University of Cambridge > > Biological Anthropology Seminar Series > Knowledge on wild plants in BaYaka hunter-gatherers and its implications on cultural evolution and health

Knowledge on wild plants in BaYaka hunter-gatherers and its implications on cultural evolution and health

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Knowledge of the wild plants has historically been an essential function of culture and is especially important for health and nutrition in small-scale populations. The wide sharing of adaptive knowledge, which contributes to an individual’s chance of survival and reproductive success may explain the resilience of current day populations who do not have access to modern medicine. Here, I study the knowledge and use of 33 plants in 219 BaYaka hunter-gatherers living in the northern rainforests of Congo-Brazzaville. I investigate shared knowledge of plant uses among individuals to examine the role of human social structure in cultural evolution. I find that marital ties facilitate the exchange and accumulation of medicinal plant knowledge, demonstrating the importance of exogamy and pair-bonding in cultural evolution. I then analyse potential health effects of medicinal plant use. My results show that the majority of the medicinal plants that are used by the BaYaka are also used by other Pygmy populations, chimpanzees, and gorillas. Moreover, BaYaka mothers who use more plants for treating respiratory disorders have children with higher body-mass-index. Finally, I examine the variation in wild plant use and consumption in different BaYaka groups and its implications on health.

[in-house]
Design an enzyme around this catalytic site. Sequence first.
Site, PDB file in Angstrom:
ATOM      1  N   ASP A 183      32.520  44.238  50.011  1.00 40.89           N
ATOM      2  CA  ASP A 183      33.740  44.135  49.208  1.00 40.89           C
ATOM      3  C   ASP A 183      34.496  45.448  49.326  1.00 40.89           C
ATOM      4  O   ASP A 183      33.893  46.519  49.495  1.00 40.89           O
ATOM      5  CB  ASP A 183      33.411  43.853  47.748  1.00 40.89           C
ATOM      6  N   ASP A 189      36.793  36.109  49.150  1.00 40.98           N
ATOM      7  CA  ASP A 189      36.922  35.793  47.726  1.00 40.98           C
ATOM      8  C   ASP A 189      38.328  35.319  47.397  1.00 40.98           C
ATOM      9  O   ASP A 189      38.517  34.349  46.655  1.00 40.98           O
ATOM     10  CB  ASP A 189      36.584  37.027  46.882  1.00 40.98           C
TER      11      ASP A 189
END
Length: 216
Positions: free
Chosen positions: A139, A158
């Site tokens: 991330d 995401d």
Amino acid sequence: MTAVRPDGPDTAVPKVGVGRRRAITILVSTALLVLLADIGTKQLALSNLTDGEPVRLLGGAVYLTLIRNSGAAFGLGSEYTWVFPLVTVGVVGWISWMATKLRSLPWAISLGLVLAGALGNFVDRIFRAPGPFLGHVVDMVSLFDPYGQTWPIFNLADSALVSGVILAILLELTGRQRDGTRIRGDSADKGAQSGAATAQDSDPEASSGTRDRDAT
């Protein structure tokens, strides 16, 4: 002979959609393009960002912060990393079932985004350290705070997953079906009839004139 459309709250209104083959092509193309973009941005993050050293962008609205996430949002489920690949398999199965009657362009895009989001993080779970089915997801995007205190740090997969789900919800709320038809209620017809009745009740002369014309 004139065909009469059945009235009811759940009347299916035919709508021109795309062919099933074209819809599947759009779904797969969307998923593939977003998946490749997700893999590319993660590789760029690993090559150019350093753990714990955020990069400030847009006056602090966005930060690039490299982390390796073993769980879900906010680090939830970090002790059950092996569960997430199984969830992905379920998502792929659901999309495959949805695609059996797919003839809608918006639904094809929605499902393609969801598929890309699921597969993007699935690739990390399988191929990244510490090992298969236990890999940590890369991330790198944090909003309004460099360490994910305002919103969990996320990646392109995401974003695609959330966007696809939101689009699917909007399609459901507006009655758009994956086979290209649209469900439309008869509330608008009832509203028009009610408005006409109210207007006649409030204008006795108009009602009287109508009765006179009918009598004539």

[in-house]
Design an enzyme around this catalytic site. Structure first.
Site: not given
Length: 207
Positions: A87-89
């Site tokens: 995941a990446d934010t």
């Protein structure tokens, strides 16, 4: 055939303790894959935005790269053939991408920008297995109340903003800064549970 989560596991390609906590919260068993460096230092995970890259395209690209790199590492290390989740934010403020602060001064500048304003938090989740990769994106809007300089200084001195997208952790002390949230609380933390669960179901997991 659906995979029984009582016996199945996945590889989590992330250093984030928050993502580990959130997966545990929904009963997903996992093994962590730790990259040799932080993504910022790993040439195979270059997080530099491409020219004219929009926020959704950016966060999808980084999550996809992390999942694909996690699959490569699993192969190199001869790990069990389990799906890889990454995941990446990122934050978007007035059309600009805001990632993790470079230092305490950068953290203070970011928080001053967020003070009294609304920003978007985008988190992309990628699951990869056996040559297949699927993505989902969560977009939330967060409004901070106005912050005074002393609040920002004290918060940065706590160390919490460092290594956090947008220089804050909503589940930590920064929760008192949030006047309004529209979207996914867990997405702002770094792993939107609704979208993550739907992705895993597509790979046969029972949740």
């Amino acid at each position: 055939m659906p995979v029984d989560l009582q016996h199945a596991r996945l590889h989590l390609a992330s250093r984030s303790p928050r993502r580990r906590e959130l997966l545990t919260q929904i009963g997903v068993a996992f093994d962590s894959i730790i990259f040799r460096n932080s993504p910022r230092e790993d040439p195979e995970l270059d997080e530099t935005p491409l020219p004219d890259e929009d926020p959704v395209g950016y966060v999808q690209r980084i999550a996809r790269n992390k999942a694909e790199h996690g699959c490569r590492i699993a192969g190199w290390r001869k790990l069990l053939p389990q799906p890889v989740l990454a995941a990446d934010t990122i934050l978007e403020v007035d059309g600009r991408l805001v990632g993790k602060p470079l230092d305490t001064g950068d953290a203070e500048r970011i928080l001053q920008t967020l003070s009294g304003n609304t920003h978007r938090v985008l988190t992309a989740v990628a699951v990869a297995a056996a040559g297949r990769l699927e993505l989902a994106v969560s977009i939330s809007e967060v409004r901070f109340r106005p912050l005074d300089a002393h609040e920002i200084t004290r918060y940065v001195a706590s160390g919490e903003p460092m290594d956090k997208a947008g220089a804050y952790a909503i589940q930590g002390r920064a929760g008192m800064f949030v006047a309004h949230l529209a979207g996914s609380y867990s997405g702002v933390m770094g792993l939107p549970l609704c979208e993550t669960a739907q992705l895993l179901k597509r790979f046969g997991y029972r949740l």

This talk is part of the Biological Anthropology Seminar Series series.

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